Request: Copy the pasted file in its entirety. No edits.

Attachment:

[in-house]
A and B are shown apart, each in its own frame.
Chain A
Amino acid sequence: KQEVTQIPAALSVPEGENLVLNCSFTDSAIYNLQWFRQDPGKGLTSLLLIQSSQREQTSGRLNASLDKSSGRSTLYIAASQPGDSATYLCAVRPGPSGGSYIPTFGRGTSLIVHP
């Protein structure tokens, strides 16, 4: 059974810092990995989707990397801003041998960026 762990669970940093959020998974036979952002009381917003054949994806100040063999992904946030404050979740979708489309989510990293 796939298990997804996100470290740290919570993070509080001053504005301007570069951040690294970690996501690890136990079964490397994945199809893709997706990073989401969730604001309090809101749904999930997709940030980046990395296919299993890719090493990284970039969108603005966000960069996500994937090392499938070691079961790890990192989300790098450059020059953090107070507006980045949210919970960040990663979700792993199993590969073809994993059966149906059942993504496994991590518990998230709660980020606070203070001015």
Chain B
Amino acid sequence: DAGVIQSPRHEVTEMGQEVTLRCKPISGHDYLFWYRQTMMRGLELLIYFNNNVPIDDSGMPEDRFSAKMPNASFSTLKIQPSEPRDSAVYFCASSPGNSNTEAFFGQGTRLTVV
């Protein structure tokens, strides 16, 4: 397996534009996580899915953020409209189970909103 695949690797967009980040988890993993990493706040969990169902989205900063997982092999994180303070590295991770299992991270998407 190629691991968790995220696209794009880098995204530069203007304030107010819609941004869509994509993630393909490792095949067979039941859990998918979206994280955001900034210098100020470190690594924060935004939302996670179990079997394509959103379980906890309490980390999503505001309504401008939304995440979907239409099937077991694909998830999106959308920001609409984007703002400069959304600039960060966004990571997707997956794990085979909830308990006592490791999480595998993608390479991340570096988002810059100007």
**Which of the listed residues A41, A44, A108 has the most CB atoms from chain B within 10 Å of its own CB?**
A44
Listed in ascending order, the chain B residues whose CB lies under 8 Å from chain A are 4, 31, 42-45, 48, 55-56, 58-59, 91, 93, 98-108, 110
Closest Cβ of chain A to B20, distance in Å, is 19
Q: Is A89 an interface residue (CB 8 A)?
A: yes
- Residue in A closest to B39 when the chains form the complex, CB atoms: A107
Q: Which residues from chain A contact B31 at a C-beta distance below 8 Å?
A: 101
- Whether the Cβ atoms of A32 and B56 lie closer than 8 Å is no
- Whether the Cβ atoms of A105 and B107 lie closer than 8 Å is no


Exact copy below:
[in-house]
A and B are shown apart, each in its own frame.
Chain A
Amino acid sequence: KQEVTQIPAALSVPEGENLVLNCSFTDSAIYNLQWFRQDPGKGLTSLLLIQSSQREQTSGRLNASLDKSSGRSTLYIAASQPGDSATYLCAVRPGPSGGSYIPTFGRGTSLIVHP
């Protein structure tokens, strides 16, 4: 059974810092990995989707990397801003041998960026 762990669970940093959020998974036979952002009381917003054949994806100040063999992904946030404050979740979708489309989510990293 796939298990997804996100470290740290919570993070509080001053504005301007570069951040690294970690996501690890136990079964490397994945199809893709997706990073989401969730604001309090809101749904999930997709940030980046990395296919299993890719090493990284970039969108603005966000960069996500994937090392499938070691079961790890990192989300790098450059020059953090107070507006980045949210919970960040990663979700792993199993590969073809994993059966149906059942993504496994991590518990998230709660980020606070203070001015």
Chain B
Amino acid sequence: DAGVIQSPRHEVTEMGQEVTLRCKPISGHDYLFWYRQTMMRGLELLIYFNNNVPIDDSGMPEDRFSAKMPNASFSTLKIQPSEPRDSAVYFCASSPGNSNTEAFFGQGTRLTVV
């Protein structure tokens, strides 16, 4: 397996534009996580899915953020409209189970909103 695949690797967009980040988890993993990493706040969990169902989205900063997982092999994180303070590295991770299992991270998407 190629691991968790995220696209794009880098995204530069203007304030107010819609941004869509994509993630393909490792095949067979039941859990998918979206994280955001900034210098100020470190690594924060935004939302996670179990079997394509959103379980906890309490980390999503505001309504401008939304995440979907239409099937077991694909998830999106959308920001609409984007703002400069959304600039960060966004990571997707997956794990085979909830308990006592490791999480595998993608390479991340570096988002810059100007």
**Which of the listed residues A41, A44, A108 has the most CB atoms from chain B within 10 Å of its own CB?**
A44
Listed in ascending order, the chain B residues whose CB lies under 8 Å from chain A are 4, 31, 42-45, 48, 55-56, 58-59, 91, 93, 98-108, 110
Closest Cβ of chain A to B20, distance in Å, is 19
Q: Is A89 an interface residue (CB 8 A)?
A: yes
- Residue in A closest to B39 when the chains form the complex, CB atoms: A107
Q: Which residues from chain A contact B31 at a C-beta distance below 8 Å?
A: 101
- Whether the Cβ atoms of A32 and B56 lie closer than 8 Å is no
- Whether the Cβ atoms of A105 and B107 lie closer than 8 Å is no